My perfect volunteer placement was organised through someone who put me in touch from London, who I then met with in Kolkata, who then invited me to volunteer with them for a month, helping to set up a new international volunteer scheme, looking at recruitment, the volunteer programme and a volunteer handbook. I was very excited! This was just what I was after.

It was agreed that I would start 3 weeks later, my expenses would be covered (accommodation, food and travel to and from the accommodation each day). The only thing they wouldn’t cover was my transport to and from Kolkata as I was only volunteering for 4 weeks rather than the usual 8 … but that was ok as I didn’t have far to come as was already in India.

So I trotted off on my travels around North India for 3 weeks, booked my flights to start in Kolkata in mid July and awaited information on my airport pick up.


Disaster loomed…

Less than a week before I was due to start I got an email entitled ‘URGENT’ It stated that the big boss had returned from America and said there was a) no room at their volunteer accommodation and b) the volunteer scheme I was to be setting up would be taking a back seat until 2012.


Is this bad practice? Well it isn’t the best way to go about things! My contact should have probably checked with the ‘big boss’ before allowing me to book my flights and change my plans, but then at the same time I was ONLY a volunteer?!? … it’s not like I signed a contract or anything and it wasn’t through any kind of formal scheme.

So perfect volunteering might sometimes be too good to be true, often with anything if it seems to good to be true it probably is and you should always be weary of volunteer placements abroad, how they will look after you and giving over money without any confirmation.

Luckily mine wasn’t anything I was paying for and I am certain it was an honest mistake and last minute change of plans that couldn’t be helped. Maybe I can come back in 2012 and help with the project.

But for now … keep a close eye on all your volunteer placements, check, double check and check again, ask lots of questions … but most of all stay positive and persevere! Where your help is needed you are sure to shine through and volunteer as you hope to.

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One day, 6 girls and 500 pictures – An alternative way of volunteering

Staying in a small hotel in Pokara, Nepal we made friends with the young girls who lived there. Four girls aged between 4 and 16 danced with us, took our photos, laughed with us, told us off for our messy bedrooms and slightly more sadly checked us into our room, cleaned the rooms and washed our clothes. Even the 4 year old helped out cleaning the hotel and cooking the family meals.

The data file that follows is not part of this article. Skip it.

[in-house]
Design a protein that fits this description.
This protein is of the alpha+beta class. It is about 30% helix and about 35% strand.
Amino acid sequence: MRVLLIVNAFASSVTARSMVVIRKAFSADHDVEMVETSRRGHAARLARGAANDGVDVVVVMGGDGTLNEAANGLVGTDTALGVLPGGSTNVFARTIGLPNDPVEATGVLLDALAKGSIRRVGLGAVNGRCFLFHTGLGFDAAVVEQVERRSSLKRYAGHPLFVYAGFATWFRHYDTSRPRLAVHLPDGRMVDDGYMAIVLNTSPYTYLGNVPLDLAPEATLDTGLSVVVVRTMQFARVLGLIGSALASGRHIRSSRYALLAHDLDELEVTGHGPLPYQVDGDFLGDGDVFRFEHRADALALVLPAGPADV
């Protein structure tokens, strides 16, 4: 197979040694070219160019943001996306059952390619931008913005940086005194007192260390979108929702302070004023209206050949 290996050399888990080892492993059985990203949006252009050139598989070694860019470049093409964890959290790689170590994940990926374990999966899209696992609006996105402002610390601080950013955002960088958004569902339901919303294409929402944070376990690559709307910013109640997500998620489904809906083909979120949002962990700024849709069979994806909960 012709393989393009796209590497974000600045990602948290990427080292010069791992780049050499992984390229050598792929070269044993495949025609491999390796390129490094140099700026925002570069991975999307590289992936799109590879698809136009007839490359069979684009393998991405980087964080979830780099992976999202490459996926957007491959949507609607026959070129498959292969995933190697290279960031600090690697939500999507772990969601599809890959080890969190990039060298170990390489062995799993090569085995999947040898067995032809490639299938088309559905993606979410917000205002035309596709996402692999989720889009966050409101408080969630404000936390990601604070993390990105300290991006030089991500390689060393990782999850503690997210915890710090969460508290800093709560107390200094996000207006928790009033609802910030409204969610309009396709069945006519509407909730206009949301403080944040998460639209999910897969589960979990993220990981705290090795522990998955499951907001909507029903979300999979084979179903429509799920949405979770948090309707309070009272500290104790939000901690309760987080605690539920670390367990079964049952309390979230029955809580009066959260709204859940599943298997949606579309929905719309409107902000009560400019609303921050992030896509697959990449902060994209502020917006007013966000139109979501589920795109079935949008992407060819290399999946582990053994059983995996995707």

Me and the girls half way up to the Peace Pagoda

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One week at the Gange School, Nepal and sooo many memories

‘Thank you mam for teaching us’ – this is how the children from the Gange School start and finish every lesson. Can you imagine students in England saying this? I certainly can’t. One thing is clear, these children want to learn and are appreciative of anyone who teaches them. Yes they giggle, talk over you and shout across the room, but that is all part of their excitement, never did I hear them moan or groan about the work they were doing.

Working hard

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Teaching English as a Foreign Language – Top Tips and Lesson Plans

Top Tips

  • Be prepared to just be given a class and told to teach … anything! Have a few tricks up your sleeve/lesson plans from day one.
  • They are interested in learning about your country, your family, your life back home. Bring photos and don’t worry if you think it is not a proper lesson they are probably learning a lot!
  • Show them whose boss! Don’t revert to the stick or ear pinching (still very common in Nepal) but do try and state your authority or they will giggle and chat the whole way through.
  • Don’t assume anything, normal practice from home is not necessarily going to be normal practice in another country. In England children put their hand up to ask a question, this didn’t seem common practice in the school I was teaching in.
  • My kids gave me gifts almost every morning, fruit, flowers, chocolates. I felt bad accepting but graciously accepted and then made sure I treated them all to something at the end of the week to say goodbye and thank you.
  • HAVE FUN. The kids will no doubt be really excited to have you in the class, so stay positive and enjoy, whatever you talk to them about, teach them they are sure to be learning something new and will love the experience of having a foreigner in the class.

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Want to be a Trustee?

My favourite charity is recruiting for a new trustee!

Find out my thoughts on being a trustee in this podcast for KnowHowNonProfit

The Young Achievers Trust

Young Achievers Trust has an exciting opportunity to join its Board of Trustees as part of the Programme and Support Team! Continue reading